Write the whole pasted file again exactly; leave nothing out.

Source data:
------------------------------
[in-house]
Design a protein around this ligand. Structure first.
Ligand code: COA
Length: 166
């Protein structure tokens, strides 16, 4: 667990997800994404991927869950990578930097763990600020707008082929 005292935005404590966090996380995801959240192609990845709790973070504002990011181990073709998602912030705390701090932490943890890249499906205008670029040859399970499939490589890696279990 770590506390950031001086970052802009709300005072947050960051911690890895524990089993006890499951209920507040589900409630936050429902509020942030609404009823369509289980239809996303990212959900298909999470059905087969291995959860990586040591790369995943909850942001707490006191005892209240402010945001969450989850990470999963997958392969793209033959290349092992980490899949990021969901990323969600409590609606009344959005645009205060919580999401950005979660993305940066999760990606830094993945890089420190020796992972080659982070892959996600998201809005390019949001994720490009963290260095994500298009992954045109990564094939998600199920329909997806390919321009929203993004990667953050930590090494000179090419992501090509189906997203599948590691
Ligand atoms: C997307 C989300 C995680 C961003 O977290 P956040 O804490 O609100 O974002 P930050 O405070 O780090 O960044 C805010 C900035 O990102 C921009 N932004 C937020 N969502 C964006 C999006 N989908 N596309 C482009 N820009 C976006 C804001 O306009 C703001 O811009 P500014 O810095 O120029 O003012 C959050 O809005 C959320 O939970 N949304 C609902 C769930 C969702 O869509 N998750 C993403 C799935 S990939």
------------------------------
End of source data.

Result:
[in-house]
Design a protein around this ligand. Structure first.
Ligand code: COA
Length: 166
């Protein structure tokens, strides 16, 4: 667990997800994404991927869950990578930097763990600020707008082929 005292935005404590966090996380995801959240192609990845709790973070504002990011181990073709998602912030705390701090932490943890890249499906205008670029040859399970499939490589890696279990 770590506390950031001086970052802009709300005072947050960051911690890895524990089993006890499951209920507040589900409630936050429902509020942030609404009823369509289980239809996303990212959900298909999470059905087969291995959860990586040591790369995943909850942001707490006191005892209240402010945001969450989850990470999963997958392969793209033959290349092992980490899949990021969901990323969600409590609606009344959005645009205060919580999401950005979660993305940066999760990606830094993945890089420190020796992972080659982070892959996600998201809005390019949001994720490009963290260095994500298009992954045109990564094939998600199920329909997806390919321009929203993004990667953050930590090494000179090419992501090509189906997203599948590691
Ligand atoms: C997307 C989300 C995680 C961003 O977290 P956040 O804490 O609100 O974002 P930050 O405070 O780090 O960044 C805010 C900035 O990102 C921009 N932004 C937020 N969502 C964006 C999006 N989908 N596309 C482009 N820009 C976006 C804001 O306009 C703001 O811009 P500014 O810095 O120029 O003012 C959050 O809005 C959320 O939970 N949304 C609902 C769930 C969702 O869509 N998750 C993403 C799935 S990939």